Studies have shown that children develop conversational skills at a very young age. New research has taken this one step further to reveal that children, rather than mothers, are the true conversation starters.
“I was surprised that kids were drivers of conversation,” said Mark VanDam of Washington State University. “This is exciting, because kids are active participants in shaping their own world. They have the freedom to pick what they talk about and when.”
The study was focused on day-long audio recordings of 17 toddlers conversing with their parents. Using automatic speech recognition technology, the researchers were able to analyze more than 1,400 hours of recordings.
“This type of work would have been impossible a few decades ago,” said VanDam. “With the power of computers and automatic speech recognition, we have developed a new dataset that takes place in a naturalistic setting rather than in a lab.”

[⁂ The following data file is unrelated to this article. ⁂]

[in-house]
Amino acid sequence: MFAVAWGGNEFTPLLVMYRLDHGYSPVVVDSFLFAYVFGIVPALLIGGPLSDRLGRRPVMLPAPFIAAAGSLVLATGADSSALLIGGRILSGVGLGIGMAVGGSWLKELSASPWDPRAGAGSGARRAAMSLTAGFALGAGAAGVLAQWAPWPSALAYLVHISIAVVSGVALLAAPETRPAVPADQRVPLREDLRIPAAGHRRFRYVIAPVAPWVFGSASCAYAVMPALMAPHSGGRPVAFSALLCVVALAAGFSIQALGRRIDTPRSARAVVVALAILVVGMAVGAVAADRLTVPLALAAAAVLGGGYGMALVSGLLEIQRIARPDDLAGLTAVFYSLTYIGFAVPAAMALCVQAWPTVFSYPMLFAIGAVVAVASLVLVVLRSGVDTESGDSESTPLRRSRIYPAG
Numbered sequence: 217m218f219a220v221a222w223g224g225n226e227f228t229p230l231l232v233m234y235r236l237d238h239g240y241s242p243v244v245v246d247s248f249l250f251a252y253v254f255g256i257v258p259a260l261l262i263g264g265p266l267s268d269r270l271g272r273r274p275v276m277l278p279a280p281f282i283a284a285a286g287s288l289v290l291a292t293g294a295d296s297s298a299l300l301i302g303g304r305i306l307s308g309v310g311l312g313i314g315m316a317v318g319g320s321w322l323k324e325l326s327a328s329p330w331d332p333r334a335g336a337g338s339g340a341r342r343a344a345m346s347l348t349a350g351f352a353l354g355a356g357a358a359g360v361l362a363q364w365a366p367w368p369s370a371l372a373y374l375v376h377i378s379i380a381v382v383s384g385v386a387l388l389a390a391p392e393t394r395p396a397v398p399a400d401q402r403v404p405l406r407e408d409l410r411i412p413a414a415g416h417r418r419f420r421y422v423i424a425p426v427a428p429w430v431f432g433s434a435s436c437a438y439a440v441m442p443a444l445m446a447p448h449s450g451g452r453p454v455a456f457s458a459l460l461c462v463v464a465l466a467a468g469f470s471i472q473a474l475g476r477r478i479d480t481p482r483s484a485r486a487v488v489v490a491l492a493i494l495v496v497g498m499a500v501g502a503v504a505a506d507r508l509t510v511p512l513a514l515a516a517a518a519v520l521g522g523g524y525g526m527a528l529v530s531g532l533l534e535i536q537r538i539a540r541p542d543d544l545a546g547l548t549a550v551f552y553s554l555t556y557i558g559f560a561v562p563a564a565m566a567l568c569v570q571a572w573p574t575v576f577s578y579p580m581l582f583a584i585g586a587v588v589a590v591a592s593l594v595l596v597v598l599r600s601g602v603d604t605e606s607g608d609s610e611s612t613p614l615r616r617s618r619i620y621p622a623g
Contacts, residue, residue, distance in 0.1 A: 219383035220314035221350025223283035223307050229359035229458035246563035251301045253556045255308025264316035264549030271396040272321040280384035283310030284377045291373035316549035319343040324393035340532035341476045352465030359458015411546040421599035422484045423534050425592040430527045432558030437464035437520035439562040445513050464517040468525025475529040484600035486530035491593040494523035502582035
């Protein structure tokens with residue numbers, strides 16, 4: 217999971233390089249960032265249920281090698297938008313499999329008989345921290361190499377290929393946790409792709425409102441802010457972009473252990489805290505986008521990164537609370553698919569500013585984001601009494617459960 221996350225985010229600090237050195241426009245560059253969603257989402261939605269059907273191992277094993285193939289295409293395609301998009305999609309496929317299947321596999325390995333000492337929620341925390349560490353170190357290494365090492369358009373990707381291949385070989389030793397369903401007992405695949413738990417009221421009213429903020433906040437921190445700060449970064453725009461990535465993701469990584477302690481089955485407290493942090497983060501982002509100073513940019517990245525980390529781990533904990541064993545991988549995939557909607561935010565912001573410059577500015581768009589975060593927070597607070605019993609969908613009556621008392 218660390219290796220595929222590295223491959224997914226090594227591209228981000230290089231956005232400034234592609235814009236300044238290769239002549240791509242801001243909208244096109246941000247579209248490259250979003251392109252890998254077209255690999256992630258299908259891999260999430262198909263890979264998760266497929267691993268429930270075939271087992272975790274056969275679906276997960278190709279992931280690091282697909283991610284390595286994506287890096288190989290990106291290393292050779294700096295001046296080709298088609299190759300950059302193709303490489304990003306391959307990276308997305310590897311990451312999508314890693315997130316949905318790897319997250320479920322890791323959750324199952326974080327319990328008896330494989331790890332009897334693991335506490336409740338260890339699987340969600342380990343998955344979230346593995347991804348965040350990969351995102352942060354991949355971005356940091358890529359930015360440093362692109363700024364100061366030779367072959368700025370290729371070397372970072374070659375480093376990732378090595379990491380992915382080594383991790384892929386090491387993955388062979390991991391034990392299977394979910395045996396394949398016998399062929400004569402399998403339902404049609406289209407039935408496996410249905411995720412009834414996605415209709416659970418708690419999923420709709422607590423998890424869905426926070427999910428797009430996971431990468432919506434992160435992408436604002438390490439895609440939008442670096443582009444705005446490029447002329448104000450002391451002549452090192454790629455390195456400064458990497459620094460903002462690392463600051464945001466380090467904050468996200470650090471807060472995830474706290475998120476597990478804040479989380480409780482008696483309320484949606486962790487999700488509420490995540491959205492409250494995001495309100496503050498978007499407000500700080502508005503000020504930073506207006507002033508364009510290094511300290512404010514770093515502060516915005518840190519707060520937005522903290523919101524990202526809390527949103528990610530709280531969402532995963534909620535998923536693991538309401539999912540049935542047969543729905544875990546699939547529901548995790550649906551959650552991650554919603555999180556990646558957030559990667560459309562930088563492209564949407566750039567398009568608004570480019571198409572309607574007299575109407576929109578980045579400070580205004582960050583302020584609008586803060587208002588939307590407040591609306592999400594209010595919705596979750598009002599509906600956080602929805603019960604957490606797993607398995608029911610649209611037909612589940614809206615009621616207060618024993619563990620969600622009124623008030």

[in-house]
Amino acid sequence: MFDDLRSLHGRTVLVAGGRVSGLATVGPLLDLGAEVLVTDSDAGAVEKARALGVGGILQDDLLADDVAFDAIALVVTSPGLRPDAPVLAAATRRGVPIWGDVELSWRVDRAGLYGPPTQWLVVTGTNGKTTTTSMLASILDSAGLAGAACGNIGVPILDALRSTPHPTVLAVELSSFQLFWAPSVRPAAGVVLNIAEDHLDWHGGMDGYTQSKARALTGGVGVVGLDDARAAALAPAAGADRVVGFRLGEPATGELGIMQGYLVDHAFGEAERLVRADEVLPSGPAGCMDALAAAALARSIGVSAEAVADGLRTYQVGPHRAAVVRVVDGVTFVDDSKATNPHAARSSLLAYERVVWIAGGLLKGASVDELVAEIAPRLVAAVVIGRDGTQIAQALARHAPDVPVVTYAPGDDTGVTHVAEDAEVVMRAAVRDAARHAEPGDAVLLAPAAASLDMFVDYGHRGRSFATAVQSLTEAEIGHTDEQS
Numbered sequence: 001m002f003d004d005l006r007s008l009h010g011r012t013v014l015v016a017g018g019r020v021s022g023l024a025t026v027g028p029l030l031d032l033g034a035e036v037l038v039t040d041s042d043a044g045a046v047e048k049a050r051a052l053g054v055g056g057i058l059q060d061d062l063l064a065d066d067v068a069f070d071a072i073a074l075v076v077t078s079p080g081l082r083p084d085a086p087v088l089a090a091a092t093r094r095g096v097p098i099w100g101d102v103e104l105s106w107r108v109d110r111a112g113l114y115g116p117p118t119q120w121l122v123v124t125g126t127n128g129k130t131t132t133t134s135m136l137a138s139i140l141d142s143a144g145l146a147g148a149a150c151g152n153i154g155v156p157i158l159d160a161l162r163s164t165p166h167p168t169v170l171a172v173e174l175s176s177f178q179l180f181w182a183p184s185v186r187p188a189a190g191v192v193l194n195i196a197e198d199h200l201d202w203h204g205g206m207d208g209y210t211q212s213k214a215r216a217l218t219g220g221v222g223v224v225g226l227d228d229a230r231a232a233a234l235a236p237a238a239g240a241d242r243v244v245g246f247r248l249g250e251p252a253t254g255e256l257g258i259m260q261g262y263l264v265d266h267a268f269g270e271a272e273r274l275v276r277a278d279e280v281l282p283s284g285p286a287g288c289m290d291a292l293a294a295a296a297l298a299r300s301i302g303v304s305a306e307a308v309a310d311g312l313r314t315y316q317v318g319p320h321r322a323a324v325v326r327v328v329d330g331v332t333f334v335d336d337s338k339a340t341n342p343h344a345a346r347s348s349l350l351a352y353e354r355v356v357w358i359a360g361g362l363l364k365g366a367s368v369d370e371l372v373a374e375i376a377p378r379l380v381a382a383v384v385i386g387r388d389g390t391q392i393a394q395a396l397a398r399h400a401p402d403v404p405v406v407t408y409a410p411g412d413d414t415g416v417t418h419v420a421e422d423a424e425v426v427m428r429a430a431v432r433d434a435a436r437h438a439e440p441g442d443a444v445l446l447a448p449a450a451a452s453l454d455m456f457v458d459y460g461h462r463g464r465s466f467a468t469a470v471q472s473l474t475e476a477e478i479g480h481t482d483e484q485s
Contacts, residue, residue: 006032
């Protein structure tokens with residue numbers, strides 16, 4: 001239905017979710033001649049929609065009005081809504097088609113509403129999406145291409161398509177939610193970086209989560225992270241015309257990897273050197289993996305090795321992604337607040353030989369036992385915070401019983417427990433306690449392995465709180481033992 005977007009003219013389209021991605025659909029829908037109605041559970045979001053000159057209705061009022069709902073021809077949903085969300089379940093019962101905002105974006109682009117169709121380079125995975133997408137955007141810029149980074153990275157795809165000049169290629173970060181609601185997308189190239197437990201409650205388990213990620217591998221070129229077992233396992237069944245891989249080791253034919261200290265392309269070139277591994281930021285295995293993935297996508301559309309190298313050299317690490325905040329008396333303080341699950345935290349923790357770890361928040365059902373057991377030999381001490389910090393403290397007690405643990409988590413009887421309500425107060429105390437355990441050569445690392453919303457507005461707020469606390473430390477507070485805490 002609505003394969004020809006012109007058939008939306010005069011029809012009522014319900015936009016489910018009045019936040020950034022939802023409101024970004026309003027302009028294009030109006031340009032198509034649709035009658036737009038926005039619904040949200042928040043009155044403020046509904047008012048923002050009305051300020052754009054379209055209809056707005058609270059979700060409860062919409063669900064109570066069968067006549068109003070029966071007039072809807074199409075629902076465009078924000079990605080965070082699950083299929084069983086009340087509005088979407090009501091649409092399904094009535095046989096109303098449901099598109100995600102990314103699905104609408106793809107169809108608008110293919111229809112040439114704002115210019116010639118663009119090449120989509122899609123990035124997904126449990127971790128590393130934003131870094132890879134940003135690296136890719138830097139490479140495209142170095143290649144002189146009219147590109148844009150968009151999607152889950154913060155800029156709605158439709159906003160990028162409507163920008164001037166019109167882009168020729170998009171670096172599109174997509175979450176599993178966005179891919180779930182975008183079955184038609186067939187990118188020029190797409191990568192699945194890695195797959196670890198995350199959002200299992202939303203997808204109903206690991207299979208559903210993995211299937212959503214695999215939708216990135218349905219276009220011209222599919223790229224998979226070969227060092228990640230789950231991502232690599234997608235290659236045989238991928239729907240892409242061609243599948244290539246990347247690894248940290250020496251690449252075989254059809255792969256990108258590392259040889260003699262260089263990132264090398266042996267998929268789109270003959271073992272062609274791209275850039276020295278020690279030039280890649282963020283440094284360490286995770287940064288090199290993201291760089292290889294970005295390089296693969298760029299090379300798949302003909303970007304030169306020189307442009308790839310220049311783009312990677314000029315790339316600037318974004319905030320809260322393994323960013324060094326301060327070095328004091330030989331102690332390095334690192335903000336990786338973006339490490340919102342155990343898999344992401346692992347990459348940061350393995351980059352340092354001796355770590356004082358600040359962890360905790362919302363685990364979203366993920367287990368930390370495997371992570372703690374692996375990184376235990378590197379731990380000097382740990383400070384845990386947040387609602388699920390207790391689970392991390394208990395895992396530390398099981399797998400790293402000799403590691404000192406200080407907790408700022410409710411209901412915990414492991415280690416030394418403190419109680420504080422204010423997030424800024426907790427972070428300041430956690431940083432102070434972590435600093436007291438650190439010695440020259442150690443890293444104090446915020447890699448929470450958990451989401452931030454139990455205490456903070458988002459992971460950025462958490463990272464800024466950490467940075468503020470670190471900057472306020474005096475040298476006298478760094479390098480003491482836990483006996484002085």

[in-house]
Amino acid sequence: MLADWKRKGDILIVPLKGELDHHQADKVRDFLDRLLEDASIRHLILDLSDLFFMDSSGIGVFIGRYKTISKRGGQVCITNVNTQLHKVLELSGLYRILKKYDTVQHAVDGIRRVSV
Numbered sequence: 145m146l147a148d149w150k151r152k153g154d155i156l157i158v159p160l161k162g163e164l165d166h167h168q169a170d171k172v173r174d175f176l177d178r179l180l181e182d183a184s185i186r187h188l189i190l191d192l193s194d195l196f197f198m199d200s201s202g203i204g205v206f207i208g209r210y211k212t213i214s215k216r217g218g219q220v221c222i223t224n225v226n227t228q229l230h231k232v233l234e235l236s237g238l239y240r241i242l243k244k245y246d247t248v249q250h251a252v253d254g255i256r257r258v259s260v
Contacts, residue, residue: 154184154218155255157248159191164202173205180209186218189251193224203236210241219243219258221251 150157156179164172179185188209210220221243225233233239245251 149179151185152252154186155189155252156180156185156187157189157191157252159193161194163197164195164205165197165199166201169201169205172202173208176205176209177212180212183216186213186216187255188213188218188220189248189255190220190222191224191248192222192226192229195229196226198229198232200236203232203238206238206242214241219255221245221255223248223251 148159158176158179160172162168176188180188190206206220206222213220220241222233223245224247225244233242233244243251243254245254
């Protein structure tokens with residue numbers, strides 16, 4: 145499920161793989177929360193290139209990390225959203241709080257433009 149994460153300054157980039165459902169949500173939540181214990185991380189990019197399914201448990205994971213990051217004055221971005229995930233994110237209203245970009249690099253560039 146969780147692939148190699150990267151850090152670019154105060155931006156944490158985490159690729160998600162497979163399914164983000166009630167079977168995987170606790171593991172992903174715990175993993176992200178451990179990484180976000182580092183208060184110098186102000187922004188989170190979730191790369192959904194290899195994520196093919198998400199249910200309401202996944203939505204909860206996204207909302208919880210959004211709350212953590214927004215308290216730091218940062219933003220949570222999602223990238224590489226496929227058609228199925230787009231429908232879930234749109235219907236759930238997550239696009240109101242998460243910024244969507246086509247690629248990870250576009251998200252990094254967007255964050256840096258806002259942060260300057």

The team found that children more frequently initiated conversations with their parents, followed by the mother, and then the father.
“There is a ton of evidence that girls at this age have a better command of language, but we found no difference in how boys and girls initiated conversation,” said VanDam. “We also did not see any sex differences in how the children spoke to either parent.”
According to VanDam, the findings will help experts better understand how mothers and fathers interact with their children.
“These results provide a template of how to use high-tech methods that are only very recently available to target new approaches to help moms and dads interact with their kids,” said VanDam. “We could use this information to develop new targeted therapies to help children that have language delay or behavioral issues and to improve the ways we interact with computers.”
The research was presented at the 177th Meeting of the Acoustical Society of America.